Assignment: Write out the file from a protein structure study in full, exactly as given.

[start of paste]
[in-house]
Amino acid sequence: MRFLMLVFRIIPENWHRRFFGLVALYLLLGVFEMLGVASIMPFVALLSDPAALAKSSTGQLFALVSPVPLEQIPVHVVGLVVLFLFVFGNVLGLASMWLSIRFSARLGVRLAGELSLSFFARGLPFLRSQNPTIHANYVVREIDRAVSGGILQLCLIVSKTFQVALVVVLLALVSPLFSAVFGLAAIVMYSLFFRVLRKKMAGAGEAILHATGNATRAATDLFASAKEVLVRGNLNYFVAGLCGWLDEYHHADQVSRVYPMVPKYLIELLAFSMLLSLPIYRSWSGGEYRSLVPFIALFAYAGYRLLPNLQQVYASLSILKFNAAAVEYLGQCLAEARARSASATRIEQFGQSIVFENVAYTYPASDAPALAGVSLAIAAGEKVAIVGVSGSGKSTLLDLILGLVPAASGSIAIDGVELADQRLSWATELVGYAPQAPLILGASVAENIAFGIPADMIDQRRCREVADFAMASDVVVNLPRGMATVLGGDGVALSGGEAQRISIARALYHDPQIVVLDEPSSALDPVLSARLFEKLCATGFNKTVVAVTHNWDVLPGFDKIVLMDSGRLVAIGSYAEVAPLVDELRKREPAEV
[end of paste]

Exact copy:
[in-house]
Amino acid sequence: MRFLMLVFRIIPENWHRRFFGLVALYLLLGVFEMLGVASIMPFVALLSDPAALAKSSTGQLFALVSPVPLEQIPVHVVGLVVLFLFVFGNVLGLASMWLSIRFSARLGVRLAGELSLSFFARGLPFLRSQNPTIHANYVVREIDRAVSGGILQLCLIVSKTFQVALVVVLLALVSPLFSAVFGLAAIVMYSLFFRVLRKKMAGAGEAILHATGNATRAATDLFASAKEVLVRGNLNYFVAGLCGWLDEYHHADQVSRVYPMVPKYLIELLAFSMLLSLPIYRSWSGGEYRSLVPFIALFAYAGYRLLPNLQQVYASLSILKFNAAAVEYLGQCLAEARARSASATRIEQFGQSIVFENVAYTYPASDAPALAGVSLAIAAGEKVAIVGVSGSGKSTLLDLILGLVPAASGSIAIDGVELADQRLSWATELVGYAPQAPLILGASVAENIAFGIPADMIDQRRCREVADFAMASDVVVNLPRGMATVLGGDGVALSGGEAQRISIARALYHDPQIVVLDEPSSALDPVLSARLFEKLCATGFNKTVVAVTHNWDVLPGFDKIVLMDSGRLVAIGSYAEVAPLVDELRKREPAEV